In 1892 German physician, zoologist and evolutionary biologist August Weismann, of Freiburg im Breisgau, published two books providing experimental evidence that acquired characteristics were not inherited. Aufsätze über Vererbung und verwandte biologische fragen and Das Keimplasma. Eine Theorie der Verebung.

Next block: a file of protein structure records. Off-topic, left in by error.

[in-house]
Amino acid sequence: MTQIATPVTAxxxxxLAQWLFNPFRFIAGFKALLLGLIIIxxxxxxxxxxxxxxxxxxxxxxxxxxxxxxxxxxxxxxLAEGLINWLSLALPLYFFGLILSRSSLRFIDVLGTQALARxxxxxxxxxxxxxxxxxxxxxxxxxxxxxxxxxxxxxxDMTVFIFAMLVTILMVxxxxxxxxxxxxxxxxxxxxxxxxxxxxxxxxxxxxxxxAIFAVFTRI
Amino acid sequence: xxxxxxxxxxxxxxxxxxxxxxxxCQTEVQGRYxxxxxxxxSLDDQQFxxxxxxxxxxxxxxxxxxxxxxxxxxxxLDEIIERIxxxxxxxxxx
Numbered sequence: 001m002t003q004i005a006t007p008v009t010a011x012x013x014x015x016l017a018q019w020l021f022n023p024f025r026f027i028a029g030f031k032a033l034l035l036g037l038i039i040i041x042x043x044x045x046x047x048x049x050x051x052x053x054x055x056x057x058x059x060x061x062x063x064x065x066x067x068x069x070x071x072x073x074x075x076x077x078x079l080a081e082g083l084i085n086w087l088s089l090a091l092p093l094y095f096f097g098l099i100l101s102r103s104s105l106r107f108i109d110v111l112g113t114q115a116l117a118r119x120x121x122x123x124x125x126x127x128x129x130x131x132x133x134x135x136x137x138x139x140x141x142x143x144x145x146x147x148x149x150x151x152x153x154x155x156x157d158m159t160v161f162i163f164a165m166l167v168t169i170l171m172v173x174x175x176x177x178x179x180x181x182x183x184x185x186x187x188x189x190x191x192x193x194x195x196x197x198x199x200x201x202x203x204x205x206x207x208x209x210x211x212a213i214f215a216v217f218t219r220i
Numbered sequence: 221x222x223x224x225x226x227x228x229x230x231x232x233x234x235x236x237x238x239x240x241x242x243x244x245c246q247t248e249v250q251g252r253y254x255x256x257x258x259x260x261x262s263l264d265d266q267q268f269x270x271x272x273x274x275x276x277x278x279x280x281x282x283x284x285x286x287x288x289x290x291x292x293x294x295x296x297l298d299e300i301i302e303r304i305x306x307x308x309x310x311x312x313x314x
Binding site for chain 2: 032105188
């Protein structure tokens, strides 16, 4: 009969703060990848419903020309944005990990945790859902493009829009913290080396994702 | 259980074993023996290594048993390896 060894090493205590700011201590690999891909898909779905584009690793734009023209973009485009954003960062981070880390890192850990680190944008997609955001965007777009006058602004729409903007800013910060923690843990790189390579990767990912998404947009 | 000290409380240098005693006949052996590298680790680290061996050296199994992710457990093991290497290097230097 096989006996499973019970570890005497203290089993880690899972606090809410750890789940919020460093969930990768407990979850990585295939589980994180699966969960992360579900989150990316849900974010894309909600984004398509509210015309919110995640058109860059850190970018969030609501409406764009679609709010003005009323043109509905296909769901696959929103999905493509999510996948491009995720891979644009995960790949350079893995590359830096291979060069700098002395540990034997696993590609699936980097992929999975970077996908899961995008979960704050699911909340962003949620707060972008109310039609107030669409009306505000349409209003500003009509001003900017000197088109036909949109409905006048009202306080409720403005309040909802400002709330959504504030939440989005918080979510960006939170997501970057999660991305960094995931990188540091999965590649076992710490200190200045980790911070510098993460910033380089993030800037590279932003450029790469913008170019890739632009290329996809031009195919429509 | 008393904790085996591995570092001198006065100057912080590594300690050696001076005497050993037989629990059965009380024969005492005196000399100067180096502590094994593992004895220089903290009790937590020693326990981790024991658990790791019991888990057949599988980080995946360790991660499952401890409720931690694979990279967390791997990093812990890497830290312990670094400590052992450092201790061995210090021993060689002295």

According to Weisman's germ plasm theory, in a multicellular organism inheritance only takes place by means of the germ cells: gametes such as egg cells and sperm cells. Other cells of the body, somatic cells, do not function as agents of heredity. The effect is one-way: germ cells produce somatic cells and are not affected by anything the somatic cells learn, or any ability the body acquires during its life. Therefore genetic information cannot pass from soma to germ plasm and on to the next generation. This is referred to as the Weismann barrier.